That's the truth about Kingsbarns, anyway.

Because I planned to stay in St. Andrews for a little more than four months, I put playing Kingsbarns on the back burner while I sunk in my roots elsewhere and got to know some of the courses that not everyone gets a chance to play when they're here. But last Friday I met Mercer Baggs of The Golf Channel at The Dunvegan, the aforementioned pub, and I was anxious to chat with a fellow media type for the first time since I left Texas almost two months ago. He said he was playing Kingsbarns on Sunday and I knew the time had come to head up the road and see the new kid on the block.

Kingsbarns was the first course my dad and I played on our initial venture to Scotland in 2004. I remember it was spectacular, but I've also come to understand that just because a golf course is spectacular doesn't mean it's always that much fun to play. But Kingsbarns doesn't fall into this trap.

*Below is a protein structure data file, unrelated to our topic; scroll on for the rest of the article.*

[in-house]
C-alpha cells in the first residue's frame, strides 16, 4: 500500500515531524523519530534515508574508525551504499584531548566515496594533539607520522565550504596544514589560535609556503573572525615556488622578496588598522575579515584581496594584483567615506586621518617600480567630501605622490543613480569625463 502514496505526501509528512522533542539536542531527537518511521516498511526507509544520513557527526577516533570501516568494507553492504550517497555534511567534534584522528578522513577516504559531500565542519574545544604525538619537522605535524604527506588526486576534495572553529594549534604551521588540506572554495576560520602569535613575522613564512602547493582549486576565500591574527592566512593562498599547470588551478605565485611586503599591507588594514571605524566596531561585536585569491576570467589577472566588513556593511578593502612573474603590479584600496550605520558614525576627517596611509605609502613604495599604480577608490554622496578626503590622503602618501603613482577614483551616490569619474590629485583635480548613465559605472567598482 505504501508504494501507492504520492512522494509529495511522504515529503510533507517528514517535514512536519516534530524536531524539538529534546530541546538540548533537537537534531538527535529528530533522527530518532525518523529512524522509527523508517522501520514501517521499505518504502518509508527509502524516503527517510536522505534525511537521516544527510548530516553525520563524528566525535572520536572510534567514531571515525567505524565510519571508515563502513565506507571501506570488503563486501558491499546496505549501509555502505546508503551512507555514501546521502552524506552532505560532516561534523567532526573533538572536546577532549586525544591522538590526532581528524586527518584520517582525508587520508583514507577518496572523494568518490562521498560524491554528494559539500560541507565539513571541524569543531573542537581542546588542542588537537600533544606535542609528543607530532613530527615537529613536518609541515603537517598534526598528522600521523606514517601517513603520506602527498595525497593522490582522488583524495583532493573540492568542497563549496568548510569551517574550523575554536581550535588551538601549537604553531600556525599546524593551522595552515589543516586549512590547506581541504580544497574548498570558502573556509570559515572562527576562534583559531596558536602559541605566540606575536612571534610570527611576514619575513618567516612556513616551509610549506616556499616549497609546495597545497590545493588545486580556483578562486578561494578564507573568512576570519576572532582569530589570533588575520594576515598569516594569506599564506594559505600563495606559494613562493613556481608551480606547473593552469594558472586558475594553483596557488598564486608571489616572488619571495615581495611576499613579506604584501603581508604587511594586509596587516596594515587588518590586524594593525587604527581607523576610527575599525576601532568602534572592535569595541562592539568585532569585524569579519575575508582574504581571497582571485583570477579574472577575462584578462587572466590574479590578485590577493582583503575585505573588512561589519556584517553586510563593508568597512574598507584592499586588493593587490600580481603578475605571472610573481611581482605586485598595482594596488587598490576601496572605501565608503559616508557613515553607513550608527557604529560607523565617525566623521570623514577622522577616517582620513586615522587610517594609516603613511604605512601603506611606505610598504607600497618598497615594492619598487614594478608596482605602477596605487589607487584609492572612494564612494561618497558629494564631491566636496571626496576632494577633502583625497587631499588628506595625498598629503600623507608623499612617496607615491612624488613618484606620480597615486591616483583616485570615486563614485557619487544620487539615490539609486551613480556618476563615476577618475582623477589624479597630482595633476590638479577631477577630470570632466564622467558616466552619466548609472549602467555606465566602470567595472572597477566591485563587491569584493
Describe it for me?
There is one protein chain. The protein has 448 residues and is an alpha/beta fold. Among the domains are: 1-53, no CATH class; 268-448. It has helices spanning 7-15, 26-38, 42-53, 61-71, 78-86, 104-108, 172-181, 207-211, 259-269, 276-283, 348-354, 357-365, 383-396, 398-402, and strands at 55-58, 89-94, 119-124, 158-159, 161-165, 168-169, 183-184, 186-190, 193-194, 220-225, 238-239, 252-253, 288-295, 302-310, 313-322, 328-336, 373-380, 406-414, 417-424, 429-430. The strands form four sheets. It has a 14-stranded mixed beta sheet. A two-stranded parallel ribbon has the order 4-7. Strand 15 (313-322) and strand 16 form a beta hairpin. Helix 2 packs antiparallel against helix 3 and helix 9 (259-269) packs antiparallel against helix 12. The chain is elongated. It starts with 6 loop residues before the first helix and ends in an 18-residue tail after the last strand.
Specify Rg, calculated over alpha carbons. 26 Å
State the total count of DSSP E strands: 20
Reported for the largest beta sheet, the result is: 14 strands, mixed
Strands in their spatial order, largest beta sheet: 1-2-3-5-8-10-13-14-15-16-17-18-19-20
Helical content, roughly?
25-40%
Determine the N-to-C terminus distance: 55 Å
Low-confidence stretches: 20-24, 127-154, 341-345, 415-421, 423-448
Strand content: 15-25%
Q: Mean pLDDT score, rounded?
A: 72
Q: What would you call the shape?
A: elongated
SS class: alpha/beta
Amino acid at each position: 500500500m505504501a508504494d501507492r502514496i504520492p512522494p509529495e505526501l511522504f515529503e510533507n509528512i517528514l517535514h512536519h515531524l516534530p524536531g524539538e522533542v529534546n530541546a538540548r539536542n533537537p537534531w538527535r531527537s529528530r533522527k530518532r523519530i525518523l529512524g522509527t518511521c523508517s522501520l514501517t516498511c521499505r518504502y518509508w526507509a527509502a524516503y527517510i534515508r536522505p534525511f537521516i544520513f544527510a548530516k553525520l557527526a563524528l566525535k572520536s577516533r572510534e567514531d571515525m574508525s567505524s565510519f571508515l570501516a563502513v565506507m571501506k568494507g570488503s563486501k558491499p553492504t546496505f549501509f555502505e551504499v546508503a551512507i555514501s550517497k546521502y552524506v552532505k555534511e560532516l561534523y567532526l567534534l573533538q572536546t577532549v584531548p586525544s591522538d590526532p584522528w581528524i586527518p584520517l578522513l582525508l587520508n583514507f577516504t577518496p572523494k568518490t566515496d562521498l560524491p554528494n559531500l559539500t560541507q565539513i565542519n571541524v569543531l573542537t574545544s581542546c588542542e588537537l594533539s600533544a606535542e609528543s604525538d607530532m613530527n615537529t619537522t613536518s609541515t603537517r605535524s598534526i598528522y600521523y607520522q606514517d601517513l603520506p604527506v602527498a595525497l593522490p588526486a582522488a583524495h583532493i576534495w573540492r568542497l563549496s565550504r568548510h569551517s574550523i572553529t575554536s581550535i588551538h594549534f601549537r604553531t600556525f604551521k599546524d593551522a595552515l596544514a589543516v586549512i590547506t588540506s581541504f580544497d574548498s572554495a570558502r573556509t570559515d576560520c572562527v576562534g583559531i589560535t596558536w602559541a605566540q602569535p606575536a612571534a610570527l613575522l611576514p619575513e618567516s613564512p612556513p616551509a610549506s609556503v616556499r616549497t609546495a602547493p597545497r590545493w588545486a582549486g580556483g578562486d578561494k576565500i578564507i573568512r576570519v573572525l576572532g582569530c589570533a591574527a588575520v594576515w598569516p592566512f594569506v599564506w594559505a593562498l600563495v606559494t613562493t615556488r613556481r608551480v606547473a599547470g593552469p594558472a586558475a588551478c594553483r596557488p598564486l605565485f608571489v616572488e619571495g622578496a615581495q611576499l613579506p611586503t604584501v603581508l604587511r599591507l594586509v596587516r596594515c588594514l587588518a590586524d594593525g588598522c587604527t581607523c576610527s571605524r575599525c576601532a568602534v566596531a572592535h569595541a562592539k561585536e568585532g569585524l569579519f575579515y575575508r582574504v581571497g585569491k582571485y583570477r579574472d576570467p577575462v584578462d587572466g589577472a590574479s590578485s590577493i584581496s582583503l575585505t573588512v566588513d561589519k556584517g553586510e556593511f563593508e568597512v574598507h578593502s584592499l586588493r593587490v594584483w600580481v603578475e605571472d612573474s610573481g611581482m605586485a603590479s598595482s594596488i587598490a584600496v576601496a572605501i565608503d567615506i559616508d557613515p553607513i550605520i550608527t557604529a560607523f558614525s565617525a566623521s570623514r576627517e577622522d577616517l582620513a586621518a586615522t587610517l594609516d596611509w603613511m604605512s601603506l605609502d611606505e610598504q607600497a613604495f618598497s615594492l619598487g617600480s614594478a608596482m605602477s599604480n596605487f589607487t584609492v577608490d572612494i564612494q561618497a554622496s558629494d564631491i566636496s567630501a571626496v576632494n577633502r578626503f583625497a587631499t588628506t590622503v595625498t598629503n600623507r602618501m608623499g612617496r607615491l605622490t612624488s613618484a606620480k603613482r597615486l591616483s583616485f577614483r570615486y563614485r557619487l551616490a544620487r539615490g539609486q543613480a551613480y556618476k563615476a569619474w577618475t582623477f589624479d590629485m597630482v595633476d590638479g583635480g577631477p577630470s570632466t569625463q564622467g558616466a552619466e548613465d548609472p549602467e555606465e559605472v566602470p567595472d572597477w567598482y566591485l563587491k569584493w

The par-5 12th hole and the par-3 15th — interchangeably Kingsbarns' signature holes — are brilliant but far from impossible. They're challenging but fair, as is the entire course. Kingsbarns has its quirks here and there, like the bowl at the back of the 6th green, but it doesn't sacrifice playability for them.

Add to that the customer service at Kingsbarns, which is exemplary — though, that's kind of the norm here in Scotland — and an elegant-yet-comfortable clubhouse make Kingsbarns well worth the 165-pound green fee. After all, an American has already paid at least a grand to fly here, so why start pinching pennies on golf.

So I'm going to try to subdue my inner golf hipster. U2 sells out football stadiums for a reason and Kingsbarns attracts tourists like flies for a reason.

(Photo: The locker room window at Kingsbarns offers either a pregame or postgame view of a spectacular course.)

January 21, 2010

Ask Travelin Joe: Brandon, Florida, Scottsdale and Fort Lauderdale

Posted at 3:09 PM by Joe Passov